Childhood Anxiety Series

A three-piece series on Childhood Anxiety contributed to New Orleans Mom.

Part One is an Introduction:

The first time my daughter had a full panic attack I had one along with her. We were at the same gymnastics studio we’d been attending twice a week for three years. Her favorite coach and friends were already on the mat, but she was so terrified she couldn’t walk through the door. She gripped my arm, wailing

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Motherhood is Changing, But I’m Still Tired

Contributed to New Orleans Moms.

These days I seldom fall asleep exhausted from a day of meeting basic needs. Instead, I fall into bed exhausted, but lie awake wondering if I properly managed that emotional outburst or over-explained the concept of cancer. Was I too angry at her innocent questions? Did he feel neglected because I kept looking at my phone? Am I doing any of this right or will they remember how I

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A Unicorn Story

Originally posted on Time Worn Tales Photography, we took a normal photo shoot and turned it into a magical adventure.

As they arrived, Charley squealed at the sight of her old friend Flirty. The Winter Unicorn sat waiting amidst the trees. Forgetting she was a “proper” princess, Charley hopped out of the sled and rushed to greet her. The bowed to one another, then Charley hugged her and kissed her snout. Gabe stayed behind,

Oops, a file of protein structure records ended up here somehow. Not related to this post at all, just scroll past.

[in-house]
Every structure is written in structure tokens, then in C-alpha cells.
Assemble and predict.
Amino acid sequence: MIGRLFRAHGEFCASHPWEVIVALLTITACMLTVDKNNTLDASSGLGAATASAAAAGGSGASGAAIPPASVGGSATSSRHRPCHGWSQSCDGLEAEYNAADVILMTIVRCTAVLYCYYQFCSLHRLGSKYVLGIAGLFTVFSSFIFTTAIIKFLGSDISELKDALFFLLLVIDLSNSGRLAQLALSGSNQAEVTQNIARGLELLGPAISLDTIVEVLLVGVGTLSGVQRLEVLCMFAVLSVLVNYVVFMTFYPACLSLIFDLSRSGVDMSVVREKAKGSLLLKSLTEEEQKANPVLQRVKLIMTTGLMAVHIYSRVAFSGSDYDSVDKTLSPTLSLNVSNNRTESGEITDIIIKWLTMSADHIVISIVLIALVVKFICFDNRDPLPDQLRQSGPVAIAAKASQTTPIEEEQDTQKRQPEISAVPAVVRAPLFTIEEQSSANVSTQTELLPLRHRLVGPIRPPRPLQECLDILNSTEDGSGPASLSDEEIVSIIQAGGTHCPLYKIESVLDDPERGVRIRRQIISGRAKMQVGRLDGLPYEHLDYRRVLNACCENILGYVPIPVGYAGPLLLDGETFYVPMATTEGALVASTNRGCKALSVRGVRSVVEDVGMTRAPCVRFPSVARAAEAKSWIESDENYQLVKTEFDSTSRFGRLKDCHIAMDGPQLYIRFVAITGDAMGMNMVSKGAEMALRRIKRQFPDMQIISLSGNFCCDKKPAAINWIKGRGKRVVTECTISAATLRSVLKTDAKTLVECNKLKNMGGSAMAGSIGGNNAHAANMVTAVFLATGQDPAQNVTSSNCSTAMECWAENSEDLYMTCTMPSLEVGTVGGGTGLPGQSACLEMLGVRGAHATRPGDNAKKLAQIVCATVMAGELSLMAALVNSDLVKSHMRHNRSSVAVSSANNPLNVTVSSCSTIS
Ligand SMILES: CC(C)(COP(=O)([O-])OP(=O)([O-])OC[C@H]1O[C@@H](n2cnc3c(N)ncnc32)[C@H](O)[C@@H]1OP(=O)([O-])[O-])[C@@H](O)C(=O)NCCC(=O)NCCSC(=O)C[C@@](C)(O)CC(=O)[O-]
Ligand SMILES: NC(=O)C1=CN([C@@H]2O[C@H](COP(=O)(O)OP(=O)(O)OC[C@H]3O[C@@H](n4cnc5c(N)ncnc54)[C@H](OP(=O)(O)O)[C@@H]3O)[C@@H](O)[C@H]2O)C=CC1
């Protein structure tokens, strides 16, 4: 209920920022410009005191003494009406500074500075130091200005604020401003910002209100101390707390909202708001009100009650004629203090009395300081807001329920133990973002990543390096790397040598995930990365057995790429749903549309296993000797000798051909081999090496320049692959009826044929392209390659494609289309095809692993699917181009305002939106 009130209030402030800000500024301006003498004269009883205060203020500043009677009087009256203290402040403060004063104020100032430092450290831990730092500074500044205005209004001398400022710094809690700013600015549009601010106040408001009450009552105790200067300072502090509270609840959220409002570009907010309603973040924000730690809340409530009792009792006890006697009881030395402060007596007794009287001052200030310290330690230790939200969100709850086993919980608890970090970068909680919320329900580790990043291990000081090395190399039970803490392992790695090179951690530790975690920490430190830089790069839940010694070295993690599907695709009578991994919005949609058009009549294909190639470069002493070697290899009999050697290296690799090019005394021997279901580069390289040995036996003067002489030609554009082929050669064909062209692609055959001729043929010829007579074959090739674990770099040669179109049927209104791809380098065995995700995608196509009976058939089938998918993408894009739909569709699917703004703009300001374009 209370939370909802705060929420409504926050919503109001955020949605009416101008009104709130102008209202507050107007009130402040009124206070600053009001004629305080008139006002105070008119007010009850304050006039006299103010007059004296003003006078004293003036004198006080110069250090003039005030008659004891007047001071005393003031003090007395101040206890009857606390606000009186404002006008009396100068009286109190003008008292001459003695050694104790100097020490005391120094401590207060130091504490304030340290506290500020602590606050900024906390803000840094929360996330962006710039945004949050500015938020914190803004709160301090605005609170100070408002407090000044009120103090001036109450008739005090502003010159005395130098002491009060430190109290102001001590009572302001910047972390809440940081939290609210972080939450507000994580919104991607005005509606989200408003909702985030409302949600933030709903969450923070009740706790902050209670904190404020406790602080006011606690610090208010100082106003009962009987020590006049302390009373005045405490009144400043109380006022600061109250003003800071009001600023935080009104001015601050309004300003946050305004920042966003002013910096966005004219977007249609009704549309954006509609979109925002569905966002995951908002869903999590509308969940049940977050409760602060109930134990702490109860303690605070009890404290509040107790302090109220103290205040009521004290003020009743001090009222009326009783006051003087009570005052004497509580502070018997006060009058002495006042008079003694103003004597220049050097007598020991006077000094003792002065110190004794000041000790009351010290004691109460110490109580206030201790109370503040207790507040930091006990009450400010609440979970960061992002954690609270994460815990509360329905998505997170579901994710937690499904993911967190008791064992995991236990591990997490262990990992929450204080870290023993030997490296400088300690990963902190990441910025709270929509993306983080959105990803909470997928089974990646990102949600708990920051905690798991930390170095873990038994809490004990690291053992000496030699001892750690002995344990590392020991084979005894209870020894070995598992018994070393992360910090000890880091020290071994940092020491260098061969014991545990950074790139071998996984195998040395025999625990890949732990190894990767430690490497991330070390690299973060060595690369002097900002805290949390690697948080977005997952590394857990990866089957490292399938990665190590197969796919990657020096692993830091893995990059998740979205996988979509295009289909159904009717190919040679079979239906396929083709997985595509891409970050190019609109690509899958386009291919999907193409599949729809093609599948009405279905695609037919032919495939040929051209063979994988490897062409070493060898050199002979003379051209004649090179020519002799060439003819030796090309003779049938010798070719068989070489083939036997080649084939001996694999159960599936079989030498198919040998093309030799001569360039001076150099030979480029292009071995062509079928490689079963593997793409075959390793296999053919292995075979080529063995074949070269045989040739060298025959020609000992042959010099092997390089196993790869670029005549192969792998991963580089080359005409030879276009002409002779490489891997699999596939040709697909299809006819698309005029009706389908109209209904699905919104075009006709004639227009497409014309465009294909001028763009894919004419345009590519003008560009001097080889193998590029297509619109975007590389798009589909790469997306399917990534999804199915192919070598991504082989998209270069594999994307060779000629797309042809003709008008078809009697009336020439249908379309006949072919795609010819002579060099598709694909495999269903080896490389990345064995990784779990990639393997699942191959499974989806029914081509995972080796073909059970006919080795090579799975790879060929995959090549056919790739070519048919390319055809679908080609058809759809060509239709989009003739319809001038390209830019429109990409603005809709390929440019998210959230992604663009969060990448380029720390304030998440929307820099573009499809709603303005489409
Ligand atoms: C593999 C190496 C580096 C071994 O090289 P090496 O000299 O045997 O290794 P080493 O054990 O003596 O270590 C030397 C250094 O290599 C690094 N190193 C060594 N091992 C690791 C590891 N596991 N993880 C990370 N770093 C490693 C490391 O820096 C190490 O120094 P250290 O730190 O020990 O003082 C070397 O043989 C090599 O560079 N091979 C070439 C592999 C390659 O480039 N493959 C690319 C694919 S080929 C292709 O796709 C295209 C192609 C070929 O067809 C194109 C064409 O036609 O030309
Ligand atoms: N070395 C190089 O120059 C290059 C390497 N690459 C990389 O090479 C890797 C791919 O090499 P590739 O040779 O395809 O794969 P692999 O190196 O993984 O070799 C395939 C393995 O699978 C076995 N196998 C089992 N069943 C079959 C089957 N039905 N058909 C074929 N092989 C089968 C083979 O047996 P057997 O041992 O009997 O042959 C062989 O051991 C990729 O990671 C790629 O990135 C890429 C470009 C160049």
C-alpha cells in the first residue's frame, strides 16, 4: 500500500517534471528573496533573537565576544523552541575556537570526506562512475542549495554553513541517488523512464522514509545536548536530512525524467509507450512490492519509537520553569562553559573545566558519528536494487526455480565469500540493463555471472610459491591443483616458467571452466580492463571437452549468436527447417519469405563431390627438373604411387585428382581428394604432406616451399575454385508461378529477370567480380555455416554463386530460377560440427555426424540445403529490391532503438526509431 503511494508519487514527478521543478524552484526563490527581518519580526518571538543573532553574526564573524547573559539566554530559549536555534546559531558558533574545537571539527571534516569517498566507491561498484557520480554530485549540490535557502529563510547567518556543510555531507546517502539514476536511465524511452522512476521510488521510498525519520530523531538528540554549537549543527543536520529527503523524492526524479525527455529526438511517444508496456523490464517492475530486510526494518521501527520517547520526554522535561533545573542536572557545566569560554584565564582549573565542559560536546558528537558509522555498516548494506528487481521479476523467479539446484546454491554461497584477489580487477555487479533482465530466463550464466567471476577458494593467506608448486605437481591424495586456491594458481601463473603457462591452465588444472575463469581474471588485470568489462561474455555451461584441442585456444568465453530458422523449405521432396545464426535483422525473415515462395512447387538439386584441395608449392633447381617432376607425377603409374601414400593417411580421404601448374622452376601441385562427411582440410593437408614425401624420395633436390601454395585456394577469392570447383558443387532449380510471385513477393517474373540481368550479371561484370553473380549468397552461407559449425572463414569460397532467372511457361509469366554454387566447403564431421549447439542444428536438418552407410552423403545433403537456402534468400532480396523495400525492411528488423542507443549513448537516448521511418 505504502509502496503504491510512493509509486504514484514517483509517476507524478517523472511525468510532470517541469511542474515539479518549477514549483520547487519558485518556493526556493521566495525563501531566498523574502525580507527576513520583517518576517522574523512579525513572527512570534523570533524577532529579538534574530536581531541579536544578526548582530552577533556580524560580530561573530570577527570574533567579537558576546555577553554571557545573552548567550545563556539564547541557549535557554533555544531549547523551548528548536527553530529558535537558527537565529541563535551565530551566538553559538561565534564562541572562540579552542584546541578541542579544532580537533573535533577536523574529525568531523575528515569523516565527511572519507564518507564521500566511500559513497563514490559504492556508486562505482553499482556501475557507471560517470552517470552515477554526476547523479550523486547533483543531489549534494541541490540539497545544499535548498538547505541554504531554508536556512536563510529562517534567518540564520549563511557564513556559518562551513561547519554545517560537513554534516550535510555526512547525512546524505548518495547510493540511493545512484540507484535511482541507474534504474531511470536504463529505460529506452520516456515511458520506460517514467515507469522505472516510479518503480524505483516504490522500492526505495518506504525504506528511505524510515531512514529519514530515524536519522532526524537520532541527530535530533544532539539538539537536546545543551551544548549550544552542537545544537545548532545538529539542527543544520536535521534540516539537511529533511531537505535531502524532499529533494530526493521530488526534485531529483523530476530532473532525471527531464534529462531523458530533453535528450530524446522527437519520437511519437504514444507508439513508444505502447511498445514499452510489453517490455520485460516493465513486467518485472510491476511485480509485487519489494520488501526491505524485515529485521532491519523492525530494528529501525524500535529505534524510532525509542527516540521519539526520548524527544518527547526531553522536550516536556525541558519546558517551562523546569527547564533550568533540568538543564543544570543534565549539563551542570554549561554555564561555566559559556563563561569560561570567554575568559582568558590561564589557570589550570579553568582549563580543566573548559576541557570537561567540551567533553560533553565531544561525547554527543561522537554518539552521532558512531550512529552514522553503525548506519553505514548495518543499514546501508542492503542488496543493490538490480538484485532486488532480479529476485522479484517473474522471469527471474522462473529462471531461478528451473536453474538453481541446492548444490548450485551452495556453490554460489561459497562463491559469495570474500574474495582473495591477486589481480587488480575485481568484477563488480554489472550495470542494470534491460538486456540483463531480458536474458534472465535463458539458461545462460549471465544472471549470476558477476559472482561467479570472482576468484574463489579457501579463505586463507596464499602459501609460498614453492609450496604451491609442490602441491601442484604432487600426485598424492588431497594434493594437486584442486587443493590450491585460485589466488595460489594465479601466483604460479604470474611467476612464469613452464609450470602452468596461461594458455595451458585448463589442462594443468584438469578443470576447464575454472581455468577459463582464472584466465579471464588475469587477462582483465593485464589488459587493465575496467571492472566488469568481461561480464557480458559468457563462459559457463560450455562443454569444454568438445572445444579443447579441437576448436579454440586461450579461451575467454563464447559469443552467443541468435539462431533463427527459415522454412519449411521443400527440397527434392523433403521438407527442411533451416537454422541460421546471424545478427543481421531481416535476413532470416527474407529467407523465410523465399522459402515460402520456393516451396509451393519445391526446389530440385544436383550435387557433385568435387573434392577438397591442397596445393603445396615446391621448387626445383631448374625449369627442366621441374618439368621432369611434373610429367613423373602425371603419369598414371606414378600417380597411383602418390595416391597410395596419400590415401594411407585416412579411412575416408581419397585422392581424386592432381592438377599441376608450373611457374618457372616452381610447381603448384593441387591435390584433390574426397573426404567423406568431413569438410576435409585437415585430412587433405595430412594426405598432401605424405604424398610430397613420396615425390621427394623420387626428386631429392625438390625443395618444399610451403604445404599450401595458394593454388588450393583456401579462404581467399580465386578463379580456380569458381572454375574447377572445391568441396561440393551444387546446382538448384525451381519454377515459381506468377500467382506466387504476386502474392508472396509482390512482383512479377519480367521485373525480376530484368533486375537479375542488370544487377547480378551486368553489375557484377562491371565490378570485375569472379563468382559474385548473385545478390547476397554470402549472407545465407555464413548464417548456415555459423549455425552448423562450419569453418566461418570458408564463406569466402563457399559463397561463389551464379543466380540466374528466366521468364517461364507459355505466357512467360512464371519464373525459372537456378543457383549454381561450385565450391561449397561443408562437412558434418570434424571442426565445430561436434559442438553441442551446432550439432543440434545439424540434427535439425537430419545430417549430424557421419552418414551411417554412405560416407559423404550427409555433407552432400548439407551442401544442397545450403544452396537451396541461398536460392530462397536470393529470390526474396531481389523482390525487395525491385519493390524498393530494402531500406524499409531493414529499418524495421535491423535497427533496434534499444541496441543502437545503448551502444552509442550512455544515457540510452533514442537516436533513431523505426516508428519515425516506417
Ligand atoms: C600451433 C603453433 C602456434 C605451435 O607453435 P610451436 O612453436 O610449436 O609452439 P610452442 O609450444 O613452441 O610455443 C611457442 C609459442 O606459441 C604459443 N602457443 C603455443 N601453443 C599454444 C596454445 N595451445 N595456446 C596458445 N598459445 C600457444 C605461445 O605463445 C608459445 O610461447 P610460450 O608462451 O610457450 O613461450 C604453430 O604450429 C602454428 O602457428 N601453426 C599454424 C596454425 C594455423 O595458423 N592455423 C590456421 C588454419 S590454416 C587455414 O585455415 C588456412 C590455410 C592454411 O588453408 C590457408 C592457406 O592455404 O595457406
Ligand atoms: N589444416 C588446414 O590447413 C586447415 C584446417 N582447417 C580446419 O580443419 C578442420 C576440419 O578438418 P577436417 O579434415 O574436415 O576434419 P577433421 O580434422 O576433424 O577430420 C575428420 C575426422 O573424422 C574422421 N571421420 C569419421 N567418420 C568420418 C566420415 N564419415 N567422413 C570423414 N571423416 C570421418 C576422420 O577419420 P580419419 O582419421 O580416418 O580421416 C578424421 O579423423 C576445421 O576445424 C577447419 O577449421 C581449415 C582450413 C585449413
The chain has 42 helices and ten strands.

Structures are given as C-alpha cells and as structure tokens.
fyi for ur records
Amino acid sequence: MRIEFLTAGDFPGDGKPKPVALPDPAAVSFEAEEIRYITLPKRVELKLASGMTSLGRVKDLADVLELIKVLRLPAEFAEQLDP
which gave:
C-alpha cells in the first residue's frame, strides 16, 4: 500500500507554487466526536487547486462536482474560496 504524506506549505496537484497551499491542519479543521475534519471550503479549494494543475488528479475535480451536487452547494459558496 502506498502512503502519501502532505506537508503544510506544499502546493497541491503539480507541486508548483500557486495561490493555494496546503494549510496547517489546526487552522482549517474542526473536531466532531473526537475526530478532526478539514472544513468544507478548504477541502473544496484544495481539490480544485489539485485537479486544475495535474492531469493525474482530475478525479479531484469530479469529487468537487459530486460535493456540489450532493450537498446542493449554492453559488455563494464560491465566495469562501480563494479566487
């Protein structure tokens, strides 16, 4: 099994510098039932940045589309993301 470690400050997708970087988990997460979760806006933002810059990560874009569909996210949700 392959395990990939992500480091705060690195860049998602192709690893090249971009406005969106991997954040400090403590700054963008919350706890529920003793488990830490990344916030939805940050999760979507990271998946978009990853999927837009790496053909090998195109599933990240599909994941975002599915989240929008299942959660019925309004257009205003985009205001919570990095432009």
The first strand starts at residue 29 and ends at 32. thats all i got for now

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I’ve Been Measuring My Worth by My Weight

Contributed to New Orleans Mom.

Most of my day, even if I’m wearing a smile, I’m fighting an internal battle. Inside my mind, I am berating the clothes I’m wearing, wondering if my double chin is showing and thinking about my weight. I’m assessing if there are rolls underneath my shirt. I’m worried I have a boob bubble sticking out of my bra. I’m hoping no one but me hears my thighs rub. I’m terrified

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Hurricane Katrina Made Me Want to Plant Roots

Contributed to New Orleans Mom and featured on NOLA.com

Back then, they called it “The Storm” (and some still do, although the moniker lost power after Gustav). There were blue tarps on most roofs. There were large piles of debris that had not yet been cleared. The roads … well, you know. Still, every person I met was eager to share their experience. Every open restaurant was welcoming. In no time I was in love.

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Freedom Through Diagnosis :: My Journey with MS

Contributed to New Orleans Mom

Here is what my experience taught me. Trust your instincts. If you believe something is wrong, find someone qualified to help you. Be a partner in your treatment. Be able to trust your doctor’s advice. Discuss side effects, discuss alternatives, find out how it will affect your lifestyle. Your doctors, your family, and your friends are all a vital part of managing your disease, so make sure you can rely

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